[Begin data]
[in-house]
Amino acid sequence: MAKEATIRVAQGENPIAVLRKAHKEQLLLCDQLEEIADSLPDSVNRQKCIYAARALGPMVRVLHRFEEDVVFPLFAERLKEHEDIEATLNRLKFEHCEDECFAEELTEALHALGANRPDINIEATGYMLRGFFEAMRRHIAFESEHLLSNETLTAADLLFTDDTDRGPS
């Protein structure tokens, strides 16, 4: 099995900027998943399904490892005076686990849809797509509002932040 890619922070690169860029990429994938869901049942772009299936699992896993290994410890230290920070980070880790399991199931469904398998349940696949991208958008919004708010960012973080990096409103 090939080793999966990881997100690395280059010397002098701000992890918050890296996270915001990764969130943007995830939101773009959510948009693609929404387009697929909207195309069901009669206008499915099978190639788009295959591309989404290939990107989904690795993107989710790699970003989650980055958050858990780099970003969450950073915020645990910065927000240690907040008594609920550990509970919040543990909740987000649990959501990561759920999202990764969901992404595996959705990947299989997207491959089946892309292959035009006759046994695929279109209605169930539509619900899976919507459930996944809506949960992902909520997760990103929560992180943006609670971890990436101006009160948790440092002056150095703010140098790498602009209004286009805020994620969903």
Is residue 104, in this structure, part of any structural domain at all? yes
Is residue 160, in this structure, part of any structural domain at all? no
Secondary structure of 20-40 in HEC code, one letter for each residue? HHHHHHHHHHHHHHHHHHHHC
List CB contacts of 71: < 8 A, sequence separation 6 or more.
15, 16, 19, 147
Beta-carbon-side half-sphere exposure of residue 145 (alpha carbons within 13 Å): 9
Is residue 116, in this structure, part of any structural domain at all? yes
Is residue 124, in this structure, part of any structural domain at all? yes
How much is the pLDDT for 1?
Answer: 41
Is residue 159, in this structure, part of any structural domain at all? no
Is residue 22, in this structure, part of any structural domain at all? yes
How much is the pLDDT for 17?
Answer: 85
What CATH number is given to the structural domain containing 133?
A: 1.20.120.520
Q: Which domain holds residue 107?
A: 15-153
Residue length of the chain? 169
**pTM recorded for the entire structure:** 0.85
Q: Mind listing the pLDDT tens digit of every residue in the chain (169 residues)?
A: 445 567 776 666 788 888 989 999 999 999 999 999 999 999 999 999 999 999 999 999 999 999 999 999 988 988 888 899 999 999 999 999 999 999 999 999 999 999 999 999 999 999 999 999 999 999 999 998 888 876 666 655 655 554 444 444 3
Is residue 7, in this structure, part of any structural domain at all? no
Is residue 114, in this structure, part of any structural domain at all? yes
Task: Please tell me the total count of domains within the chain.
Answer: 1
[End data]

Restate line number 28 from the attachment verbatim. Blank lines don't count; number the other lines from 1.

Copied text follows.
Task: Please tell me the total count of domains within the chain.